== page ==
The serpent is another instrument of the cornet family, though not usually classed with it. Its construction and its acoustic principle are the same as those of the old cornet. It is, properly speaking, an enlarged cornet with one hole less, that which is stopped with the thumb. The mouth-piece is fixed to the instrument by means of a long brass crook. A detailed account of the serpent and its con-geners is given under OPHICLEIDE (vol. xvii. p. 778). The zincke or cornet has now entirely disappeared, and the rare specimens still met with are eagerly sought by collectors. The serpent has lasted longest, and even within the last twenty years has been used in many churches in the south of France.
CORNET, CORNET A PISTONS.
At present the names of cornet, cornet a pistons, and cornopean are given to an instrument that has no analogy whatever to the medi-aeval cornet. It is a transformation of the old post-horn, with a shorter tube than that of the trumpet, and improved to such a de-gree that its quality of tone is intermediate between the brightness of the trumpet and the softness of the flugel-horn bugle with pus-tons. The extent of the modern
cornet without pistons is com- ^jt — q ^ ~ m *— I
prised within the second and —3 J \ E — -
eighth of the harmonic scale *^ 34568
The seventh, being too flat, owing to a well-known acoustic pheno-menon, is rarely used. Ttie cornet a pistons of the highest pitch is in B|j, and is used for a trumpet in that key. The notes written therefore sound a major second lower than the notation. It is furnished with three pistons, which lower the principal tube by a whole tone (1st pn'ston), a half tone (2d piston), and a tone and a half (3d piston) respectively. It has already been explained under TROMBONE how the different pistons are combined to produce the entire chromatic compass of the instrument from the lowest limit
^ At first the cornet a pistons was
to the -ft 1 "— supplied with a great many crooks, highest $5—-= There were crooks for A, Ab, G, F, ' E, Eb, and D; but it is easy to un-
I*
derstand that, if the additional tubes put in communication wit! the principal column of air by means of the pistons are adjusted for the key of Bi, the same additional tubes are too short to fulfil the same office for an instrument lowered to the extent of a minor sixth, as it would be for the key of D. Hence nearly all these crooks have disappeared, only those for Bb, A, and At> being re-tained. The invention of the modern cornet, or more exactly the application of pistons to the post-horn, is German, and dates from the first quarter of the 19th century, almost immediately after the invention of pistons by Stblzel and Blumel. It was introduced into Great Britain and France about 1830. There were at first only two pistons,—that of the whole tone and that of the halftone,— from which there naturally resulted gaps in the chromatic scale of the instrument. The history of the cornet is that of the improvement brought about by pistons apart from their successive transformations, and it has remained to the present time what it was when first invented. The great favour the cornet meets with is due to the facility with which it speaks, to the little fatigue it causes, and to the simplicity of its mechanism. We may, however, regret, from the point of view of art, that its success has been so great, and that it has ended by usurping in brass bands the place of the bugles, the quality of their tone being infinitely preferable as a foundation for an ensemble composed exclusively of brass instruments. Even the symphonic orchestra has not been secure from its intrusion. In fact, the cornet is taking the place of the trumpet nearly everywhere, and, if care is not taken, the latter will in a few years have completely disappeared, to the great detriment of orchestral tone colour ; for the quality of tone of the cornet can never be an adequate substitute for the brilliant and majestic sonorousness so characteristic of the trumpet. (V. M.)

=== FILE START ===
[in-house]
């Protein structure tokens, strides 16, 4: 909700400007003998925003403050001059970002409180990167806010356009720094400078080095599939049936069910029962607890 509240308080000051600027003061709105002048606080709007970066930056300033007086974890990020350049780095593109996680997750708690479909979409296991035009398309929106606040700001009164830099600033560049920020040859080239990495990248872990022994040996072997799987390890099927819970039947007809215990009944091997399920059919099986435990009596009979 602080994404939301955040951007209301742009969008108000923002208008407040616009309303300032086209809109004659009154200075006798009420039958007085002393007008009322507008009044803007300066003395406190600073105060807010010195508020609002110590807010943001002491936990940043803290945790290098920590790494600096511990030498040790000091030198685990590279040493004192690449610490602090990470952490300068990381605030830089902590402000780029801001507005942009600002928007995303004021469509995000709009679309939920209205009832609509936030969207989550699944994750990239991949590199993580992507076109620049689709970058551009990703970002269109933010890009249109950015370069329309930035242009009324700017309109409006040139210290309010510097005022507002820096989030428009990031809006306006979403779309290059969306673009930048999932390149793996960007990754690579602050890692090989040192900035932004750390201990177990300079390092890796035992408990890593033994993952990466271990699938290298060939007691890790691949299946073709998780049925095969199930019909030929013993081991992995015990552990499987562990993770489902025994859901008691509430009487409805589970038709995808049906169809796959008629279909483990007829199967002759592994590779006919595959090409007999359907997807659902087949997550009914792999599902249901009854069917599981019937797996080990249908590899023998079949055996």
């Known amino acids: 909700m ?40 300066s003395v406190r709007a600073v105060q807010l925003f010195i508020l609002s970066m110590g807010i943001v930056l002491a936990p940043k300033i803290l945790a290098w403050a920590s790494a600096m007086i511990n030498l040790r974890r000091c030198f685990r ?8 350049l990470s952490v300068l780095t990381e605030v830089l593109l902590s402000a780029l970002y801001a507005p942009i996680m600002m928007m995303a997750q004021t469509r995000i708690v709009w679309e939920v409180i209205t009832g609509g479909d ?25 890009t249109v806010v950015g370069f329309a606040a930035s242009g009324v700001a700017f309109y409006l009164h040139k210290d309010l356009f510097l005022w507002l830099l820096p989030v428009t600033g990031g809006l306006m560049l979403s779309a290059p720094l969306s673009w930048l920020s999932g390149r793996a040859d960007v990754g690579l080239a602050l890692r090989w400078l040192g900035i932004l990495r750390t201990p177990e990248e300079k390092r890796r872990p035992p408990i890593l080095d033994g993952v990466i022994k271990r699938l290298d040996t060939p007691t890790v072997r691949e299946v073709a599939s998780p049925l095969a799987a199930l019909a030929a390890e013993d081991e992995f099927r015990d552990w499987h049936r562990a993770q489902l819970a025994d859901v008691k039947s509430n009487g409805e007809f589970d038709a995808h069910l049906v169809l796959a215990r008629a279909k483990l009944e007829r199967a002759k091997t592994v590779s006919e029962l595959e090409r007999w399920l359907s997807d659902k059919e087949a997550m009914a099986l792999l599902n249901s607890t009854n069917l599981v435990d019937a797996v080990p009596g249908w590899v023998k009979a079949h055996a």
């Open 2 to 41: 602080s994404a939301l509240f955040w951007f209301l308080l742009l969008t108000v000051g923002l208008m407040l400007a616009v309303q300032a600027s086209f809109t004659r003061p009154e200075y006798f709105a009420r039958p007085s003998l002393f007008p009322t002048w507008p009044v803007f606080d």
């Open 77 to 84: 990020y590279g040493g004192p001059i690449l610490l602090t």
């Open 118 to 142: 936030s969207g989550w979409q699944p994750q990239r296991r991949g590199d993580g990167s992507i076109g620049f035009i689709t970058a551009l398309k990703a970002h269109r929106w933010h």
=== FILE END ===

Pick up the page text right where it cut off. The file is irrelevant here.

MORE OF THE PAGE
Footnotes

Musica getxdschl und auszgezogen, Basel, 1511.
Syntagmalis Musiei, vol. ii. : Be Organographia, Wolfenbutteh 161S.